I’ve just spent a harrowing weekend reflecting on Thomas Paine’s Common Sense, the pamphlet that came out in January 1776 and turned the public toward seeking independence from Britain. I say harrowing because the distance between the ideals found in this pamphlet and those of today’s America is so vast as to make it nearly unrecognisable.
The presumption throughout the text is that tyranny should never again be tolerated. Despotism was for the old world. Tyranny was outdated. It belonged nowhere in a land conceived in liberty. The only question was when and how to overthrow despotic rule. The upshot of Paine’s book was that now is the time. Waiting would only lead to calamity.
It worked. He got his revolution. The British were defeated, and America was born. Freedom had its asylum. The world began anew, full of promise.
Then, in a matter of 50 years, the American experience changed everything. The middle class was born. Lives lengthened. The standard of living soared to new heights. Technology took over. Spectacular things were everywhere. Freedom had done its work. It had liberated the human mind to create, build, empower, and change the face of the Earth.
Then something changed again. When? Maybe it was during the Civil War. Maybe during the First World War. FDR and the Great Depression entrenched it. Or maybe it was the ghastliness of the Second World War. Perhaps there was some hope that freedom could be saved even up to the response to the crimes of September 11. But after that watershed of 12 years ago, there was no turning back.
The world that Thomas Paine dreaded – the thing he feared the most and the tyranny that he had dedicated his life to opposing – was upon us. Today, successors like Edward Snowden are not writing monographs for us to read, but languishing in sanctuary in Russia, of all places.
The brilliant innovators and freedom fighters of our time are no longer welcome even inside our own borders – in the very country that fought a revolution for the rights of the individual against the state.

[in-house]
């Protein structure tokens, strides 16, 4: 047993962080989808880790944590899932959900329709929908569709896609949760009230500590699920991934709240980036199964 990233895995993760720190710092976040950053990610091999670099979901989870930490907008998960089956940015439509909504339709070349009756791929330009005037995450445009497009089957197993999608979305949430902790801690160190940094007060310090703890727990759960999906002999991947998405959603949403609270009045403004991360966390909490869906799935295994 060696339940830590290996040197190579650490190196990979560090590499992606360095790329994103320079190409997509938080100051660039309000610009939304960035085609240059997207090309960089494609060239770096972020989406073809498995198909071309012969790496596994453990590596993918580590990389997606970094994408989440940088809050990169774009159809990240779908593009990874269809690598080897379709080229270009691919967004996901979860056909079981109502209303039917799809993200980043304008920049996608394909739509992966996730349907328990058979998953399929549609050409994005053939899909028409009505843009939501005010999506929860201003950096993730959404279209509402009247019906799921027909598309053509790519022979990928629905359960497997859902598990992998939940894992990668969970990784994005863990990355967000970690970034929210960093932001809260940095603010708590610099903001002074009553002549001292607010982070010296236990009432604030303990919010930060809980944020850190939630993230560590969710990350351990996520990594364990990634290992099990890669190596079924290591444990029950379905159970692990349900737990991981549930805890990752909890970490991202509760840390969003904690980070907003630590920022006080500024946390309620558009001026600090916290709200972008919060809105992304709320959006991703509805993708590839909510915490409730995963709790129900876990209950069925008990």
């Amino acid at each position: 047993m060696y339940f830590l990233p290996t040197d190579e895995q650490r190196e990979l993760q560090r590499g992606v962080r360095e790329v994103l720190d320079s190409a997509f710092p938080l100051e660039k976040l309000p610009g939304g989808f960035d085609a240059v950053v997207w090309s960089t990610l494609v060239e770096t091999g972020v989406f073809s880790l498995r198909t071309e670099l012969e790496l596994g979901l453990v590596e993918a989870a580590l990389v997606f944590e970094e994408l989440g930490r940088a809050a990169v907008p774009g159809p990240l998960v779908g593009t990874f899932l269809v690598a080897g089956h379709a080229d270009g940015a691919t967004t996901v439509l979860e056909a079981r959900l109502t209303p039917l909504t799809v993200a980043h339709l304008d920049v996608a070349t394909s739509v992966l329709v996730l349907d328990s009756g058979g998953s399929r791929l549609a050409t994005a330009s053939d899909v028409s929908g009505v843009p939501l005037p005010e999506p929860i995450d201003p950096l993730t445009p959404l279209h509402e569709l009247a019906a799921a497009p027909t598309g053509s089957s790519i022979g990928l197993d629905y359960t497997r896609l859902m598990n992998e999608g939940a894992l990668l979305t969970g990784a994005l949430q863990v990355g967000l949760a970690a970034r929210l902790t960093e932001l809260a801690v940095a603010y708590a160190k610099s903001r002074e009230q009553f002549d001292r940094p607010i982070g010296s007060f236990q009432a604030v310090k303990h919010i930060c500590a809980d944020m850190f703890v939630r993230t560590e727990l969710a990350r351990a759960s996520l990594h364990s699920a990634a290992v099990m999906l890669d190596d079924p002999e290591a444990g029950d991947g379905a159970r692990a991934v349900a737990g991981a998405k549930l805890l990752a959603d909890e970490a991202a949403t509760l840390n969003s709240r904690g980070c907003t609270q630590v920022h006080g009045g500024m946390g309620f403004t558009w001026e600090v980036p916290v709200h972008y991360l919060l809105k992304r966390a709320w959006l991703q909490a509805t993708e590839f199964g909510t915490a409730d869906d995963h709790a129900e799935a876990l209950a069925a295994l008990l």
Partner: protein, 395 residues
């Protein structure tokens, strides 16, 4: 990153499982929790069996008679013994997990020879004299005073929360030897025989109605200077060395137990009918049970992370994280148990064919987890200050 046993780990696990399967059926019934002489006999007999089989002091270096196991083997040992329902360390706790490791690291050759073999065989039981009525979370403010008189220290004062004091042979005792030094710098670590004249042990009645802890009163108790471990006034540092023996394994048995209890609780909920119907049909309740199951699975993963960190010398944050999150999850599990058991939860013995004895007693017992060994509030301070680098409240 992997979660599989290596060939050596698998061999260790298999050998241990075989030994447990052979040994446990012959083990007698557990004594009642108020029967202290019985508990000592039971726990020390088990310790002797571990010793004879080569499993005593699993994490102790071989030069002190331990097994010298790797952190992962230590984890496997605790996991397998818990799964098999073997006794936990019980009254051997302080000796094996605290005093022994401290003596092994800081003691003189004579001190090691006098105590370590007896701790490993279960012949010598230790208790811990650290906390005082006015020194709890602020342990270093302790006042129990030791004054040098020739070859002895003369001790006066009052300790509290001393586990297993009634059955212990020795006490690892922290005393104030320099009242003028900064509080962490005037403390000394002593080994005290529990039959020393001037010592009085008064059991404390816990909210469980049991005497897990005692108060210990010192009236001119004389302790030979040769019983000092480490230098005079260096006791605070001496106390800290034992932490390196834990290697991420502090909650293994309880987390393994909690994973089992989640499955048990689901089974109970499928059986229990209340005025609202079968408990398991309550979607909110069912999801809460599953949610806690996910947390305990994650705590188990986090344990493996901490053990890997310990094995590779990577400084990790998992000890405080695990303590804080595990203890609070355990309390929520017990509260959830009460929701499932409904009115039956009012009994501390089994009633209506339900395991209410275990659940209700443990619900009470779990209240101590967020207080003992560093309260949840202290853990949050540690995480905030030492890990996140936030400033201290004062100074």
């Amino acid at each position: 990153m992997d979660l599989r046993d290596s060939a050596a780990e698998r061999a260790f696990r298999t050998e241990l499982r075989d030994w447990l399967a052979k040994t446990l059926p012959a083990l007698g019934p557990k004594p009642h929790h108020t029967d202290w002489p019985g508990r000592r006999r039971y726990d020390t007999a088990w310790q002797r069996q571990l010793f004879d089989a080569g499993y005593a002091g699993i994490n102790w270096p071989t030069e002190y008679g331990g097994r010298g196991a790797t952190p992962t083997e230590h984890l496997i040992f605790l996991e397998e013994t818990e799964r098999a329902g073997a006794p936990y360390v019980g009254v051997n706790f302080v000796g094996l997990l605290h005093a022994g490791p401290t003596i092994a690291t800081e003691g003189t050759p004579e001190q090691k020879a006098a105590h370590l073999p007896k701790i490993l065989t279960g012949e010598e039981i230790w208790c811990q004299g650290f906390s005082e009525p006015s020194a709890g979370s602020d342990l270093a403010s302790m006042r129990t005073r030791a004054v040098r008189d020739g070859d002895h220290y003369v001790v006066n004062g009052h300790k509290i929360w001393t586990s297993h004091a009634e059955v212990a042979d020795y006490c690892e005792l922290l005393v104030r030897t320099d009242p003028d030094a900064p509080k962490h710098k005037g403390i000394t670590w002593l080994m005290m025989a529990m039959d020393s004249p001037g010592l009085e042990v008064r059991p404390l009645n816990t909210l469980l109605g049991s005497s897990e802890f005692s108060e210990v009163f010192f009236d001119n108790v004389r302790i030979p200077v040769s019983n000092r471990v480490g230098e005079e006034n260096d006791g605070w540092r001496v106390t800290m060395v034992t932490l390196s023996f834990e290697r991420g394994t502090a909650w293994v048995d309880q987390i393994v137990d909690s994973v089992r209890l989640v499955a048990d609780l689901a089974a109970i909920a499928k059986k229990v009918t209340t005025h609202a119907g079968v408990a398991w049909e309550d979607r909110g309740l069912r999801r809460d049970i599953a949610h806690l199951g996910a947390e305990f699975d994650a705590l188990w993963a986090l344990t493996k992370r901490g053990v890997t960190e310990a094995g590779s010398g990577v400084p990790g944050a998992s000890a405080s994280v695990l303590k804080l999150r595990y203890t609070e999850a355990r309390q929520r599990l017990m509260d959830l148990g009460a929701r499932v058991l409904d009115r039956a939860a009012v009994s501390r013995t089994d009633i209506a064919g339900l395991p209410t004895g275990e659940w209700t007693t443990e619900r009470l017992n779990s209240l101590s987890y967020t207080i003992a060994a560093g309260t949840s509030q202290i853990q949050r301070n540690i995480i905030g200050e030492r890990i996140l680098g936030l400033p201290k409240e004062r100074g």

Why, then, isn’t this astonishing monograph called Common Sense censored? If the power elites want to preserve their rule, they probably should consider it. For it is impossible to read this and not get the message: Now is the time. There is no more waiting.
As with other classic writings on this level, you discover things about it in each new reading, material you might not have noticed or been prepared for in the past. This time, I was overwhelmed with a sense that he is speaking to us right now, trying to embolden us to see what is going on around us right now.
I experienced the white-hot rhetoric of this piece while American politics has descended into the depths. We still pay taxes and obey the regulators, but now the illusion that we are getting something for our money is stripped away.
The whole charade seems designed to remind us just how much we need and love the feds. But the real effect has been the opposite. It is yet another sign that we might be living in the last days of Leviathan. The once indispensable institution, the reputed cornerstone of civilisation, the grand power structure of story and song, is looking more ridiculous by the day.
Every service that shut down could easily be abolished or privatised. The remaining, supposedly essential parts of the state – the police, security, taxing, regulating, military powers – are actually the most damaging parts of the regime, the ones that bring massive human suffering where it is completely unnecessary.
Meanwhile, right now private enterprise continues on its merry way, providing goods and services to the whole population and doing its best to ignore Washington’s antics. In other words, the net result of this shutdown is to make the anarchy government fears appear like an ever more beautiful possibility.